Gov. Inslee Visits Brewster As Farmworker COVID Cases Spike In Okanogan County
Washington state health officials are hoping to get a handle on an outbreak of COVID-19 Okanogan County. Gov. Jay Inslee visited the area Thursday and says there are plans for increases in testing, improvements to farmworkers conditions and access to medical care.
He came to north-central Washington and spoke with farmworker advocates and tribal, city and county officials.
Many of the county’s cases have spread in the small town of Brewster, where there is a large tree-fruit growing, packing and shipping industry. According to public health officials, there have been 885 positive cases in Okanogan County –– 518 in Brewster.
Inslee said many of central Washington’s hotspots have “to some degree” followed harvests, including in Yakima and the Tri-Cities areas. COVID-19 has taken a disproportionate toll on immigrants, communities of color and agricultural workers.
“The labor intensive agriculture presents environments that are just ripe for high transmission rates. The higher intensity of the agricultural, labor-intensive, the more transmission we’ve experienced,” Inslee said.
He says an important part of keeping people safe is to improve medical assistance to farmworkers who live in housing camps.
“I think that there still needs to be some work done to coordinate the local healthcare providers, the farmworker clinics, with the agricultural businesses,” he said.
At least two foreign H-2A farmworkers have died after contracting COVID-19. Both worked at Gebbers Farms, a top apple and cherry grower in the region headquartered Brewster. At the end of July, the state Department of Labor and Industries investigated housing camps after receiving complaints.
“Gebbers Farms respects and values each and every employee, and we take their health and wellness seriously. We have and will continue to work hard to support our employees through this challenging time,” CEO Cass Gebbers wrote in a statement on the company’s website.
Gebbers says it employs around 2,500 guest workers this season. Inslee said the company is starting wide-scale testing at its processing facility.
“I was pleased to hear that Gebbers will do some increased testing, particularly on their non-housed employees that are having a lot of transmission that are coming in from the community,” Inslee said of a Thursday meeting with growers.
But, if needed, the state could implement additional testing requirements, if large employers fail to test workers quickly.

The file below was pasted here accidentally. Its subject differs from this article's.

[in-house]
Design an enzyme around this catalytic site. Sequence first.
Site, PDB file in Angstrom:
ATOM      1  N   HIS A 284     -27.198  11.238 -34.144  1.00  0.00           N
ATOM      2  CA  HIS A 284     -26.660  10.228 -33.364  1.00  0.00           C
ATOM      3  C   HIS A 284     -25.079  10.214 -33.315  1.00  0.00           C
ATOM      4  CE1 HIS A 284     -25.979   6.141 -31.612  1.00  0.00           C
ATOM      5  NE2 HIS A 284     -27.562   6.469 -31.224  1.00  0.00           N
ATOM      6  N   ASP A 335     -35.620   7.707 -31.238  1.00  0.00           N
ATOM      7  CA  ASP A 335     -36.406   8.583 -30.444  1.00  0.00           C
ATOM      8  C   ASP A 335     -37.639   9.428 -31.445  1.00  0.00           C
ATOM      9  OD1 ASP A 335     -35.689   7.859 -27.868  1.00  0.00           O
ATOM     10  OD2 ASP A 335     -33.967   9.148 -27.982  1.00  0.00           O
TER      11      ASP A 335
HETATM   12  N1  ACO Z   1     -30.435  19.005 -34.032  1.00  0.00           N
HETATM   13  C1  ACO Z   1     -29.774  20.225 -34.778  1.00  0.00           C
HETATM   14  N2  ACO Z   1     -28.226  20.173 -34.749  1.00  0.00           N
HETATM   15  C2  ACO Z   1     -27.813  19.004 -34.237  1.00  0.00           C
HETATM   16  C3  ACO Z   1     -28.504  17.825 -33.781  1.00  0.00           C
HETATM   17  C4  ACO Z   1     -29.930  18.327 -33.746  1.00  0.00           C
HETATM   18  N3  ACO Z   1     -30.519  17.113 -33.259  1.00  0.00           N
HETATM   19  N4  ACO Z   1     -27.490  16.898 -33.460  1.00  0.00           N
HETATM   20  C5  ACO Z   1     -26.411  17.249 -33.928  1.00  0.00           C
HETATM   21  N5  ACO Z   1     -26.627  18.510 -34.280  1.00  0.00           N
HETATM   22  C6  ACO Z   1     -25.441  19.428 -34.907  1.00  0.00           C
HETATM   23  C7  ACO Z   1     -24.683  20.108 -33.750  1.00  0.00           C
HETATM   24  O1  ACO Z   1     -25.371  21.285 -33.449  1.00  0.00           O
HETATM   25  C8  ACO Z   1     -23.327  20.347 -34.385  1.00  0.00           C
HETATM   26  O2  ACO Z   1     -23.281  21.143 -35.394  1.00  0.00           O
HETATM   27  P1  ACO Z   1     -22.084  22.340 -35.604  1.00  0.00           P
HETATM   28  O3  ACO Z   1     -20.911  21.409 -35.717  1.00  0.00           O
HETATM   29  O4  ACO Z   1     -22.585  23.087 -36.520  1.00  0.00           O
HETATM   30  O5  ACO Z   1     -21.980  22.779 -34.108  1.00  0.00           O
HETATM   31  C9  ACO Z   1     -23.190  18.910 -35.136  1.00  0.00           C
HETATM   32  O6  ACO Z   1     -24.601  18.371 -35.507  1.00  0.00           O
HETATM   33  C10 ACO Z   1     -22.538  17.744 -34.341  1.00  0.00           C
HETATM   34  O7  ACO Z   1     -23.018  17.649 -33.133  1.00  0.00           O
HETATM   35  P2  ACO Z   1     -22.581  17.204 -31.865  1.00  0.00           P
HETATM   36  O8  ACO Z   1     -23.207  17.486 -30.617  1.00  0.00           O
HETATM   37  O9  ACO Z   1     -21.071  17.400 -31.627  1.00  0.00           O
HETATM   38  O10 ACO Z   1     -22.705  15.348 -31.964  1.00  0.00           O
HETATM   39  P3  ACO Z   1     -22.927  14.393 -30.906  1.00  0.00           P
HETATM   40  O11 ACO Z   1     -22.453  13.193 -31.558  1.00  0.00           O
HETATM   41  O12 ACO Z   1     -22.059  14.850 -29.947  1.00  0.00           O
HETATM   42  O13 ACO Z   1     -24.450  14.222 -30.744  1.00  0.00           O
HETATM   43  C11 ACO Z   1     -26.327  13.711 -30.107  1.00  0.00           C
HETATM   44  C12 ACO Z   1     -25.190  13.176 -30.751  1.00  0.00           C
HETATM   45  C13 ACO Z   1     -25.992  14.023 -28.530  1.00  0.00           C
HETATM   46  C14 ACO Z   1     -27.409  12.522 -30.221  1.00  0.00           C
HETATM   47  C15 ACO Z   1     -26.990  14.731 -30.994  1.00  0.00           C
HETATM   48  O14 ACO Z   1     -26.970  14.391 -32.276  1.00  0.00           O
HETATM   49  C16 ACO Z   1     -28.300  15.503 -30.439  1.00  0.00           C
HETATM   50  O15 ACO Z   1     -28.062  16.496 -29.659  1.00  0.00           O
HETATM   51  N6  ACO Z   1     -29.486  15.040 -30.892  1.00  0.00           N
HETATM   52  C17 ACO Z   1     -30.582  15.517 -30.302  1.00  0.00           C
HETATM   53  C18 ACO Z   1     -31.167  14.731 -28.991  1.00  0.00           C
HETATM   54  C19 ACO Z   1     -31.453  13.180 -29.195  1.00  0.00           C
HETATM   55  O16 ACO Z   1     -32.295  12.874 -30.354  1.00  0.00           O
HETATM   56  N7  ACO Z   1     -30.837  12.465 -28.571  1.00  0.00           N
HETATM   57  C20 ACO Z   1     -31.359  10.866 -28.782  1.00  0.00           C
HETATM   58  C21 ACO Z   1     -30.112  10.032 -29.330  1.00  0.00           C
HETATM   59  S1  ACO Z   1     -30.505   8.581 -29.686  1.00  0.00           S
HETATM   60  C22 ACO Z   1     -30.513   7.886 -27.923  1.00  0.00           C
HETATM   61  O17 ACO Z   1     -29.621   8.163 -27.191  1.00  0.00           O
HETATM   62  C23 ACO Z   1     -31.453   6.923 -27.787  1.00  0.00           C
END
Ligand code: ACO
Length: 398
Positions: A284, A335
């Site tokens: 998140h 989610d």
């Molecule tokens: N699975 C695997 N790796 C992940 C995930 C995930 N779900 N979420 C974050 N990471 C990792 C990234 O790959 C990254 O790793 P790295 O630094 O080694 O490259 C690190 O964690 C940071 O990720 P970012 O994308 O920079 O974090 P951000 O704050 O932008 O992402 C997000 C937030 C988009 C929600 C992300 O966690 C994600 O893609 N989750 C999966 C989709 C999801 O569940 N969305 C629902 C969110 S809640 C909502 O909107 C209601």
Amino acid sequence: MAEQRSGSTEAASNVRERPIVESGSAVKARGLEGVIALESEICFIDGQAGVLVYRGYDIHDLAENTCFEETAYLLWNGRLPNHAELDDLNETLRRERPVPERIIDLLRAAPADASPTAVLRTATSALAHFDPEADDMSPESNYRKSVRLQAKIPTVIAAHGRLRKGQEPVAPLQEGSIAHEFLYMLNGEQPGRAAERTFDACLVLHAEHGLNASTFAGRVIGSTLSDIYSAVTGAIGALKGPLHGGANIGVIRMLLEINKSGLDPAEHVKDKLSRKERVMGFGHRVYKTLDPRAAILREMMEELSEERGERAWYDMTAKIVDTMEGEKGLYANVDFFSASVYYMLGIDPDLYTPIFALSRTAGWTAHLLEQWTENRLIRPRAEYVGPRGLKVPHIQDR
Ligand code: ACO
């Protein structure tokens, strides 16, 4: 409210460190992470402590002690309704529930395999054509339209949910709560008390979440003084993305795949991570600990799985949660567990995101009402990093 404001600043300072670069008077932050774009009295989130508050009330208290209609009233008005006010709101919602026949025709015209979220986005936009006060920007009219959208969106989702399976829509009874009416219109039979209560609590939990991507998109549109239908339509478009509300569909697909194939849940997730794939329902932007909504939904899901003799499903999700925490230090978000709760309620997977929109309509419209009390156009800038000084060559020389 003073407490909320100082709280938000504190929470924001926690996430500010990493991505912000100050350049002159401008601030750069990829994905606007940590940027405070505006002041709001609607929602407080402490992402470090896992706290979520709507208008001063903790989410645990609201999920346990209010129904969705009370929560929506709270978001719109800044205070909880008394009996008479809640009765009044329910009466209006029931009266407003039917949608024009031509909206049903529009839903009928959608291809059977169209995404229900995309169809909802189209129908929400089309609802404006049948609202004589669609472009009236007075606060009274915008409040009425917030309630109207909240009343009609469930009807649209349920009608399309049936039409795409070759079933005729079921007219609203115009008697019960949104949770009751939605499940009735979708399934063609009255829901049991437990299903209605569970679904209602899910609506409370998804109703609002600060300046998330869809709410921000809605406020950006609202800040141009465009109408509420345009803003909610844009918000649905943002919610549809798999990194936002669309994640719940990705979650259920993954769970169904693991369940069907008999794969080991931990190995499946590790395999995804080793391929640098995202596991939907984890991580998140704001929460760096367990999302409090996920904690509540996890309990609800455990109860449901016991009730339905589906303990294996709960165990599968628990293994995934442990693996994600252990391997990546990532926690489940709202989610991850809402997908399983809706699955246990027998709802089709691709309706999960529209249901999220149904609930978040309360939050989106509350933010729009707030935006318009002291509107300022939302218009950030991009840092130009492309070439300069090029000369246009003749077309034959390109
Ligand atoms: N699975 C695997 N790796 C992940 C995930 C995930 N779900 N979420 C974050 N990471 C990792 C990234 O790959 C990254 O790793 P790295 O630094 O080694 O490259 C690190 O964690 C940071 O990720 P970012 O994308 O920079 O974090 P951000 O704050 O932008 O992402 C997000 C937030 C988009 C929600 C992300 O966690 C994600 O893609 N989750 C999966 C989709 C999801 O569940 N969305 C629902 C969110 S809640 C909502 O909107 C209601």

“We have taken enforcement action where it is needed,” he said. “What I’m saying is, we do have legal requirements, and we do need people to follow them.”
Additionally, in response to a question about whether H-2A farmworkers could have been infected with COVID19 before coming to the U.S., Inslee said, “We think the vast, vast, vast majority of infections that are in Okanogan (County), are transmissions that occurred in Okanogan (County).”
Mobile Testing Sites
The National Guard and county health department will set up a mobile testing unit going to multiple Okanogan County towns through Tuesday, August 18. Locations so far include:
-2 p.m. - 7 p.m., , Aug. 14, LifeLine, 912 Koala Ave., Omak
-7 a.m. - 12 p.m., Aug. 15, Brewster High School, 503 S 7th St., Brewster
-1 p.m. - 6 p.m., Aug. 16, at the Winthrop Barn, 51 WA-20, Winthrop
-2 p.m. – 7 p.m., Aug. 18, Pateros-Brewster Resource Center, 169 Pateros Mall, Suite A
Local health officials said earlier that hospital capacities are stretched thin in the region.
“What does that mean for citizens of our county? We had to send someone to Vancouver! It’s ridiculous,” director of community health Lauri Jones said at an earlier county board of health meeting.
Inslee recently announced a $40 million dollar fund to help people who don’t have access to unemployment or stimulus funds because of their citizenship status. A separate 3 million dollar fund will help food workers who have to stay home because of COVID.
“This is really important because we have heard about folks who have been unable or unwilling to isolate because they have had to feed their families,” Inslee said.
Northwest Public Broadcasting reporter Enrique Pérez de la Rosa contributed to this story.
Courtney Flatt covers environmental and natural resources issues for Northwest Public Broadcasting. She is based in Washington's Tri-Cities. On Twitter: @courtneyflatt.
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